3M and Chesapeake Energy Corporation partner to develop and market new CNG tank technology for natural gas vehicles
21 February 2012
3M and Chesapeake Energy Corporation will collaborate in designing, manufacturing and marketing a broad portfolio of compressed natural gas (CNG) tanks for use in all sectors of the United States transportation market. Currently the fuel tank on a CNG vehicle is its most expensive single component, according to the partners. The new CNG tanks developed through the 3M and Chesapeake partnership are intended to reduce costs while increasing performance. Less expensive tanks will enable greater market adoption of CNG as an alternative automotive fuel source, according to the partners.
3M’s CNG tank solution combines the company’s proprietary liner advancements, thermoplastic materials, barrier films and coatings, and damage-resistant films. Using nanoparticle-enhanced resin technology, 3M Matrix Resin for Pressure Vessels, 3M says it will create CNG tanks that are 10 to 20% lighter with 10 to 20% greater capacity, all at a lower cost than standard vessels. In addition to these benefits, 3M says its technology produces safer and more durable tanks than those currently on the market.
3M says that its resins inherently have much higher modulus and fracture toughness than conventional epoxy resins. These properties provide improved fiber delivered strength and fiber translation, burst pressure after impact damage, and cycle life in composite overwarp pressure vessels (COPVs).
3M believes in the potential of natural gas, and this agreement illustrates our commitment to the industry. We are excited about this collaboration to speed the development and adoption of natural gas-powered vehicles.—George Buckley, Chairman, President and Chief Executive Officer of 3M
Chesapeake has pledged an initial $10 million toward design and certification services, market development support and a commitment to use the new tanks for its corporate fleet conversion to CNG. The company’s investment will be provided by Chesapeake NG Ventures Corporation (CNGV), established in 2011 to identify and invest in companies and technologies that will replace the use of gasoline and diesel derived primarily from foreign oil. CNGV has committed $1 billion over the next 10 years to help fund various initiatives to increase demand for natural gas, including investments totaling $300 million in Clean Energy Fuels Corp. and privately-held Sundrop Fuels, Inc.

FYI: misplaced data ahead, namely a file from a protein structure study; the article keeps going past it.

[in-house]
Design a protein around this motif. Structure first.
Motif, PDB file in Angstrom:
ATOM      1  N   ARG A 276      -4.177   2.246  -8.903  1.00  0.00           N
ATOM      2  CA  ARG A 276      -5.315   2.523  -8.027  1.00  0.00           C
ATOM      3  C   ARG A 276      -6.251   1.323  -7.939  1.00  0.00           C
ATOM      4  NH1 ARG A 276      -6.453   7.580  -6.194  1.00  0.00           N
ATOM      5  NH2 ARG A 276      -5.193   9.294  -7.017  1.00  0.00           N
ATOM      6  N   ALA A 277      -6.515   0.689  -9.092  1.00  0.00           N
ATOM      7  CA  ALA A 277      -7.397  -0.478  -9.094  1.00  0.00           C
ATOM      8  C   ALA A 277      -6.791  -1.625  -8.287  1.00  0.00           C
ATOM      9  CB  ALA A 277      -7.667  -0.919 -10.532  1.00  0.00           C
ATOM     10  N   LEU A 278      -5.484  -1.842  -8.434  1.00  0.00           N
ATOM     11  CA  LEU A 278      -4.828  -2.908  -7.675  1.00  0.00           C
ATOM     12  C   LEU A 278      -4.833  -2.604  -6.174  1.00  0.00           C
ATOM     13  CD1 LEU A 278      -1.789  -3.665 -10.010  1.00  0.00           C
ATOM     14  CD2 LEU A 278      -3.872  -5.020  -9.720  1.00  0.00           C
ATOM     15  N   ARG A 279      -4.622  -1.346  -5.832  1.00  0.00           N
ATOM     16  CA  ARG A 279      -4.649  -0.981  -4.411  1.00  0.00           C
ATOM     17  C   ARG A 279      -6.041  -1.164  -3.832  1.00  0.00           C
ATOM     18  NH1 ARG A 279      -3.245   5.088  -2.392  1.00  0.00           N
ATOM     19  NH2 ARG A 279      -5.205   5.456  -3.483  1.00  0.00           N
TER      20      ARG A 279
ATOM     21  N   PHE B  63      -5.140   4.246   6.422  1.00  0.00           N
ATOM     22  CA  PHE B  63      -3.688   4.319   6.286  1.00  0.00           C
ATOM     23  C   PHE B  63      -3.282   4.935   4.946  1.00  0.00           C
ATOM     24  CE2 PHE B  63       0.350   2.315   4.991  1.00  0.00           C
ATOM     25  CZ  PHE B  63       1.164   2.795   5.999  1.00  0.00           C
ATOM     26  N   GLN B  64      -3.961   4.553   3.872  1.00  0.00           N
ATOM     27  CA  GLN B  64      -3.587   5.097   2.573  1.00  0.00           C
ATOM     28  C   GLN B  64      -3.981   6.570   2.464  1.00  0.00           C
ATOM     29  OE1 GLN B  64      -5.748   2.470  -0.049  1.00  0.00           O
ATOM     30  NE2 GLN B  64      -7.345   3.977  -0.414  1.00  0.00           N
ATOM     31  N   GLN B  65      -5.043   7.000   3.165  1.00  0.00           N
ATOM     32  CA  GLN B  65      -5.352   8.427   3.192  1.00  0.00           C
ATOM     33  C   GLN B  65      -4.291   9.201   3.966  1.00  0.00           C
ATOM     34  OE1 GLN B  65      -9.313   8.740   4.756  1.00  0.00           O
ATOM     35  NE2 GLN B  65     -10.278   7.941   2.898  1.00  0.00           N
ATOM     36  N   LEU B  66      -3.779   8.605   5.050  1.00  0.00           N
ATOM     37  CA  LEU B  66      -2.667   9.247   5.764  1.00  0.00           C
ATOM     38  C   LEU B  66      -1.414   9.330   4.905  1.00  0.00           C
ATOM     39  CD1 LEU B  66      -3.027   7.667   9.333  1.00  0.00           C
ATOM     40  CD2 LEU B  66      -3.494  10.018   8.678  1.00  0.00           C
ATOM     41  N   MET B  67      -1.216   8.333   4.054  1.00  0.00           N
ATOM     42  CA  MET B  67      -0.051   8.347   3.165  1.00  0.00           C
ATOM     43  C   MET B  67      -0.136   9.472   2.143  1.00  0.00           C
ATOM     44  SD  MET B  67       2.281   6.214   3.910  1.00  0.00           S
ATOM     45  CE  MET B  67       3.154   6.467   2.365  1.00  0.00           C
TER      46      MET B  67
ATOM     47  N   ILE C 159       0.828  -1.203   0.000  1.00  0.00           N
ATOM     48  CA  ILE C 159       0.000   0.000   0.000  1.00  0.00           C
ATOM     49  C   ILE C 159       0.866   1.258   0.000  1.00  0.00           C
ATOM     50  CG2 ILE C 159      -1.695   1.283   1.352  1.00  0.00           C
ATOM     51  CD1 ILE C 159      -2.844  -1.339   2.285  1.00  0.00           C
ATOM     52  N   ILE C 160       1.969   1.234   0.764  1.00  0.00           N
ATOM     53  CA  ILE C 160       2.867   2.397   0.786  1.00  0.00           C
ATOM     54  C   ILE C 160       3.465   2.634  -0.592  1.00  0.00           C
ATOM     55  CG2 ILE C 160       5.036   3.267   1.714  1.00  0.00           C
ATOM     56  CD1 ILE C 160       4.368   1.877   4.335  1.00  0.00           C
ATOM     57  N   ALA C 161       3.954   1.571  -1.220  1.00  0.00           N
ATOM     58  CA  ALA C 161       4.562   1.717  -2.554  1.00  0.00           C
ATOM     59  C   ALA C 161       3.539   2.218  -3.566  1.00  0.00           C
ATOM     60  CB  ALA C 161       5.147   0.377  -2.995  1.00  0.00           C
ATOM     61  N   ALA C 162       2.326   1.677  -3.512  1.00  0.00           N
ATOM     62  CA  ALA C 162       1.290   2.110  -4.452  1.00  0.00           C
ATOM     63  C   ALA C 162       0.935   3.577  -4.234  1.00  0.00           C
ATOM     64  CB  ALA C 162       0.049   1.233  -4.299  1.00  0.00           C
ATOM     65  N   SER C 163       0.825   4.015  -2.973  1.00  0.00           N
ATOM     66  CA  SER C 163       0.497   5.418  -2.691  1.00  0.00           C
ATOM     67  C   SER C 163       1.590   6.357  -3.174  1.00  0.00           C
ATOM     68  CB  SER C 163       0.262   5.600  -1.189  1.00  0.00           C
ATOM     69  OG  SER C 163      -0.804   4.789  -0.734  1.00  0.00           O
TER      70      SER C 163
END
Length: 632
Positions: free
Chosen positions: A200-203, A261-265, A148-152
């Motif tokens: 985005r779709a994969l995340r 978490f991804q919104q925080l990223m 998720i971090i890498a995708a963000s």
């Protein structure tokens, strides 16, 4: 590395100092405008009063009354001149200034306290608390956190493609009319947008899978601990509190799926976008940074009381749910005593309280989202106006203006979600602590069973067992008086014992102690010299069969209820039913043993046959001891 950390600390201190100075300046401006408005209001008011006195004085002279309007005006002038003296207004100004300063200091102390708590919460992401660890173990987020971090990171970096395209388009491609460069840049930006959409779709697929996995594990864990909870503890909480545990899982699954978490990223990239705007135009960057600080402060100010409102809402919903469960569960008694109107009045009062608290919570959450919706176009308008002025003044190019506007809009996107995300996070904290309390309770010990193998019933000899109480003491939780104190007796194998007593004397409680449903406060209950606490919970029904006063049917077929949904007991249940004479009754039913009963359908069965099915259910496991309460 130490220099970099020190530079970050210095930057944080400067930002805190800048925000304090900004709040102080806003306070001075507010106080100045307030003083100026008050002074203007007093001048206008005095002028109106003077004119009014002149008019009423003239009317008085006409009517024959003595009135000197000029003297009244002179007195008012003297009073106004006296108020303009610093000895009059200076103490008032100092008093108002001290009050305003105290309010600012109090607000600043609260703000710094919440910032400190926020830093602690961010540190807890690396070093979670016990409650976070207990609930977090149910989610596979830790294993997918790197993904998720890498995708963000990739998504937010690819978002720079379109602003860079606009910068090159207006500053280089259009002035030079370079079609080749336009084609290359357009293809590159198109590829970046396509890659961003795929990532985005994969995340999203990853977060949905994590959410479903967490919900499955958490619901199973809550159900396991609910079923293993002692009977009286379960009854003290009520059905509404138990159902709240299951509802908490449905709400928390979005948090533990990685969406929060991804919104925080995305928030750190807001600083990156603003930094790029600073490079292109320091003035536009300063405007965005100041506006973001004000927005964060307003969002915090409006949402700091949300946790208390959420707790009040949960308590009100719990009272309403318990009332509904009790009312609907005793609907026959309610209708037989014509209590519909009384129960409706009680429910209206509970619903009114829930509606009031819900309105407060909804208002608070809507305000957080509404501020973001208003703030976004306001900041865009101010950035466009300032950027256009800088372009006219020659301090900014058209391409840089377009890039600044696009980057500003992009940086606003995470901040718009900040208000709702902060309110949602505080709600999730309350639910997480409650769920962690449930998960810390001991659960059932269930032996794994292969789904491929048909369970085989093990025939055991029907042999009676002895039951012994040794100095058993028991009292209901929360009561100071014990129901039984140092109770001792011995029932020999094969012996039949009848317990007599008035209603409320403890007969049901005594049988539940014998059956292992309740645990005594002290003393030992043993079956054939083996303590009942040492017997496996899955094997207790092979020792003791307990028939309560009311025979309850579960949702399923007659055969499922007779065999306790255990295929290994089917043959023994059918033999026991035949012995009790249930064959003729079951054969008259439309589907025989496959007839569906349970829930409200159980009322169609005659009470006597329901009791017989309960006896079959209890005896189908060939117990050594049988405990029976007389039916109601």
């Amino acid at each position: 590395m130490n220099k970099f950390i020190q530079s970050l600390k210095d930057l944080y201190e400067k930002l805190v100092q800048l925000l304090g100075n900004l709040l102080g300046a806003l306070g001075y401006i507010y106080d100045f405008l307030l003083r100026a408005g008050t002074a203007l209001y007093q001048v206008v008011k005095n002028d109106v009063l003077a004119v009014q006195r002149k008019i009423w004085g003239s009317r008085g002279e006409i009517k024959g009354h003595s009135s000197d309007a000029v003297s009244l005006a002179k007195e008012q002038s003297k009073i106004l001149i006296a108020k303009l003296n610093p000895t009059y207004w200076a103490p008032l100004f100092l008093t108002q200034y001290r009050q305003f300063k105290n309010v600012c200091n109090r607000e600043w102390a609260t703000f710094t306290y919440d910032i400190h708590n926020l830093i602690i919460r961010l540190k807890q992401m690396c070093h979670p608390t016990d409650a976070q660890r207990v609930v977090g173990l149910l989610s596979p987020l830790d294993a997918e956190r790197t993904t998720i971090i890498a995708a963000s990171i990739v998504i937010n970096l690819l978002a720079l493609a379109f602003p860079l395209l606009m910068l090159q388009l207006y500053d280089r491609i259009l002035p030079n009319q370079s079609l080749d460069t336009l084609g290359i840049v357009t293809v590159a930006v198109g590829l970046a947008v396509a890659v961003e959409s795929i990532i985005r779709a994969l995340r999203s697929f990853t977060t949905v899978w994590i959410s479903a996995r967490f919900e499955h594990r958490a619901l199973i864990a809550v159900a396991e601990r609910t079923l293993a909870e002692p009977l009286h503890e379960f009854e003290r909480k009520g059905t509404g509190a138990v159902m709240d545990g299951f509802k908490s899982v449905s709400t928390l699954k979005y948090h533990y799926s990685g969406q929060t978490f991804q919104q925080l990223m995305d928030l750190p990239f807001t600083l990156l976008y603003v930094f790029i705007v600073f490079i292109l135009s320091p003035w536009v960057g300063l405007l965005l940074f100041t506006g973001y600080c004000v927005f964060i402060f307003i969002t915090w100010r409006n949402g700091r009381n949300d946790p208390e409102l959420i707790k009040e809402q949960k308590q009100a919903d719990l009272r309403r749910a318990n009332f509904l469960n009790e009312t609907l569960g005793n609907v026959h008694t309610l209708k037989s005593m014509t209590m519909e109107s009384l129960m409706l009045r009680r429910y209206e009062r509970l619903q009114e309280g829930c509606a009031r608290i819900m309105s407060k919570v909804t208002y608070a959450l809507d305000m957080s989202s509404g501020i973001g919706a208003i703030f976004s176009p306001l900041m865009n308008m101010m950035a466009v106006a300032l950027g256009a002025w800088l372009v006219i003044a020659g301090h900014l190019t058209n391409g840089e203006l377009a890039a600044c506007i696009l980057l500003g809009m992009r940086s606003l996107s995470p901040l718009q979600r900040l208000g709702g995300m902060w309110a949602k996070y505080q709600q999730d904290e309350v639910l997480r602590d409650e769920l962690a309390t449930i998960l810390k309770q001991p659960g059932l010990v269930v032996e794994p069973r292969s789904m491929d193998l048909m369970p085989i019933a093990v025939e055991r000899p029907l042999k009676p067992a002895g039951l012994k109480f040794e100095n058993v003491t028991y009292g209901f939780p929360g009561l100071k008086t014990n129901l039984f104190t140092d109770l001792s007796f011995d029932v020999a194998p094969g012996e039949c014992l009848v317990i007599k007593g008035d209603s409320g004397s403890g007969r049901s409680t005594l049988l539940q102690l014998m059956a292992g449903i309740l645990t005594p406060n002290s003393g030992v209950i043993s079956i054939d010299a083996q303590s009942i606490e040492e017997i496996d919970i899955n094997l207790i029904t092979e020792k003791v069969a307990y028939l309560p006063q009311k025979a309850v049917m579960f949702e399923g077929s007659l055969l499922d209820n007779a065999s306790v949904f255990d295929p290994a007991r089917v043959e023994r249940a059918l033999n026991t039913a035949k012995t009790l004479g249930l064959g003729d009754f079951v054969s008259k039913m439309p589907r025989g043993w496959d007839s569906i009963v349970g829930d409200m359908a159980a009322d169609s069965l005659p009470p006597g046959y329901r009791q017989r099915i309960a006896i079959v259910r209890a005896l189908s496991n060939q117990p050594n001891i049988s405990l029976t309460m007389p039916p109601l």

3M has engaged Hypercomp Engineering, Inc. of Utah for the design and certification of tanks. 3M will manufacture the tanks and focus its capital on all future operations and production. 3M expects these tanks to be available for sale during the fourth quarter of 2012.
Im interrested to buy. Someone smart have to sell nat gas convertion and fueling for a regular ice car while we keep the gasoline tank so it become a bi-fuel natural gas + gasoline car.
Posted by: A D | 21 February 2012 at 08:18 AM
I just wish that natural gas didn't have to be in pressurized tanks. These will basically be bombs on the road - lots of opportunities for lawyers to get involved after the first fatalities from accidents & explosions with collateral damage occur.
Posted by: ejj | 21 February 2012 at 09:16 AM
LNG tanks would be more like bombs on the road. CNG I'm not too worried about. What we should all be most concerned about is making huge investments into infrastructure for a resource that isn't as abundant as shale gas co's such as Chesapeake portray. IMO, we have closer to 30 years of gas, not 100.
Posted by: GreenPlease | 21 February 2012 at 09:48 AM
It is hard to accurately gauge how much natural gas the U.S. has left at present consumption. All I know is the present wholesale price is below 30 cents per therm, which is slightly less than the energy in one gallon of gasoline.
So if we want to clean the air, reduce costs and reduce oil imports, natural gas for trucks is one good way to do that. Long haul and delivery trucks use LOTS of fuel every day. If we can get them on natural gas, we save them lots of money, reduce oil imports and clean the air with ONE move.
Posted by: SJC | 21 February 2012 at 10:10 AM
I agree, GP, estimates are that we have 20 to 100 years of natural gas based on 2010 usage rates. And that 100 year estimate is highly questioned.
We are now building lots of NG plants to generate electricity. We're getting ready to export NG to other countries. And we're looking a NG to replace gasoline.
How soon do we add enough new consumption to cut supply lifetime in half (10 to 50 years)? And what if the 20 year folks have the best handle on supply and we're only a decade or so of being out of gas if we burn it fast?
Folks who are putting a lot of hope into natural gas being the savior of internal combustion engines might want to give this a read...
Proved reserves (the amount we actually know is available) will last only 11 years at 2010 burn rates.
Proved reserves plus "probable reserves" would last 21 years at 2010 burn rates.
All the "years" greater than 21 are speculative.
Natural gas is a great 'infill' for renewable energy. It's highly dispatchable. It would be a shame to burn up this stuff before we have good, affordable electricity storage ready to fill in the gaps.